10 Most Important Astronomical Observatories in Italy

Who I am
Joel Fulleda

wikipedia.org, lonelyplanet.com

Author and references

L'light pollution it often clouds our night vision, preventing us from looking at the cosmos in its immensity and naturalness. But to raise your eyes to the sky and understand the stars, analyze the constellations, see the planets, do you always have to flee miles away from cities? Not necessarily: there are many Italian provincial capitals equipped with an astronomical observatory. Let's see the 10 most important.


  1. Astronomical Observatory, Rome
  2. Astronomical Observatory, Bologna
  3. Astronomical Observatory, Padua / Asiago
  4. Astronomical Observatory of Brera, Milan
  5. Capodimonte Astronomical Observatory (Naples)
  6. Palermo Astronomical Observatory
  7. Astronomical Observatory of Cagliari
  8. Astronomical Observatory of Trieste
  9. Astronomical Observatory of Pino Torinese (Turin)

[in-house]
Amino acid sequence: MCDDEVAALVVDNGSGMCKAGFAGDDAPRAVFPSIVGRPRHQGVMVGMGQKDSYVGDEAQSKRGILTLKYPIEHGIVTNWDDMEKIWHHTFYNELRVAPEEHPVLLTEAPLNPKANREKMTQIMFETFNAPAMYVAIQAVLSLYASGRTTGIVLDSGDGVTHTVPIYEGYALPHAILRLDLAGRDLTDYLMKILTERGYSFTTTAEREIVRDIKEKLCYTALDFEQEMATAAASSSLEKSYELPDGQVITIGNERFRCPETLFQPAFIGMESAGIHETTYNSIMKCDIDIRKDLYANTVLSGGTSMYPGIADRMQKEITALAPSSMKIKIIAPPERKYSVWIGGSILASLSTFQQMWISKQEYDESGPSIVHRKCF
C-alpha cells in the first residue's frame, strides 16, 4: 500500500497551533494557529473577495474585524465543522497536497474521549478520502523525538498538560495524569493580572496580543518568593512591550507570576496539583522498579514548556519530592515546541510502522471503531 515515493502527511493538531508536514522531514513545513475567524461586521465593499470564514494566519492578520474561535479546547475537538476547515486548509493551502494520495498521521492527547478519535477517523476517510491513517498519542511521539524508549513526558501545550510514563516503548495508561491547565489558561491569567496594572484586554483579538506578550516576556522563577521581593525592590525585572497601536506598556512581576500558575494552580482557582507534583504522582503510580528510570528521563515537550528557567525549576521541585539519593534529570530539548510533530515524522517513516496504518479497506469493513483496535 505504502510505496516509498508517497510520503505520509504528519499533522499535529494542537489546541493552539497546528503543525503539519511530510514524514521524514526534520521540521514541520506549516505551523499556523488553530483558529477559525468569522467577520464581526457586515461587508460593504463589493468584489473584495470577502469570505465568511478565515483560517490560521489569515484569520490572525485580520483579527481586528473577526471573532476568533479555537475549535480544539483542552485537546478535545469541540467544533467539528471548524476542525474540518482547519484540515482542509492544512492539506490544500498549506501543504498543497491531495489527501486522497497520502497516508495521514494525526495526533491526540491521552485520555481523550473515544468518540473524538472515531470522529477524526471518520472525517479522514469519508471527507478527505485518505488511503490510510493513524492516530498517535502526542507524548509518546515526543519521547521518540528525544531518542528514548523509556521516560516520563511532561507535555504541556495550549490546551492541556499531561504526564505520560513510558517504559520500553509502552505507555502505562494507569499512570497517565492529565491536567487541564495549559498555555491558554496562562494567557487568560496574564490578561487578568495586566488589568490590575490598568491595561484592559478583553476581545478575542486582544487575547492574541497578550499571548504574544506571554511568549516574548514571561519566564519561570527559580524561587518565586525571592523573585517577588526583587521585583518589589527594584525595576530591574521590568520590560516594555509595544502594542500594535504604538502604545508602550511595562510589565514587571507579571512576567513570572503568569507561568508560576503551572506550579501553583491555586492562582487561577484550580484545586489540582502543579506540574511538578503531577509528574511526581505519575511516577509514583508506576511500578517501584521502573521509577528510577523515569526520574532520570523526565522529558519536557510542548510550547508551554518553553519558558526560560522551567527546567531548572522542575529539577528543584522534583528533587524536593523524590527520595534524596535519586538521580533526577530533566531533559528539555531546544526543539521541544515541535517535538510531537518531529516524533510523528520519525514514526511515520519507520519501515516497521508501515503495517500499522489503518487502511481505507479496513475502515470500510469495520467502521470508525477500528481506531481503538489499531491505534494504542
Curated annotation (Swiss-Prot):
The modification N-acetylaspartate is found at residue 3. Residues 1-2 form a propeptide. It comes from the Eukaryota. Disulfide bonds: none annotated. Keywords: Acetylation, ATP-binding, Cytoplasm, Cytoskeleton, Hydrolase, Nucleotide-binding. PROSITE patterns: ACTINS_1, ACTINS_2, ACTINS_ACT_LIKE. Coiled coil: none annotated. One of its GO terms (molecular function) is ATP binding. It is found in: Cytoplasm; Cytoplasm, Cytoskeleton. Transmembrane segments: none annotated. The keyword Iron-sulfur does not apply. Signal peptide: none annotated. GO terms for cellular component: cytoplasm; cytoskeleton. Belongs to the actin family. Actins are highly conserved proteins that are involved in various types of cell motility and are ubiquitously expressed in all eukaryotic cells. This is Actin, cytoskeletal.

10. Astronomical Observatory of Catania
  11. User questions and comments

1 - Astronomical Observatory, Rome

The Astronomical Observatory of Rome is currently one of the 20 astronomical observatories in Italy established byINAF (National Institute of Astrophysics); founded in 1938 in the ancient Villa Mellini on Monte Mario, following various vicissitudes since 1988 it has its headquarters at Monteporzio Catone. Here it is possible to visit some parts of the headquarters, such as the information center Diva with its didactic laboratory; a wide variety of cultural proposals is available, divided by scientific themes.
Info and Contacts

  • Open to the public: Yes
  • website: http://www.oa-roma.inaf.it/
  • address: Via Frascati 33, 00078, Monte Porzio Catone (RM)
  • phone / email: 06 35533

2 - Astronomical Observatory, Bologna

The Astronomical Observatory of Bologna is also one of the 20 observatories of INAF, operating under the control of MIUR (Ministry of Education, University and Research). The origins of the Astronomical Observatory of Bologna are directly linked to those ofUniversity of Bologna and date back to XI century, even if it is only in the second half of 1700 that the first systematic observation takes place, by GD Cassini.
Info and Contacts

  • Open to the public: Yes
  • website: https://www.oas.inaf.it/it/
  • address: Via Ranzani 1, 40127 Bologna
  • telephone / email: 0512095701 / oa.bologna@oabo.inaf.it

3 - Astronomical Observatory, Padua / Asiago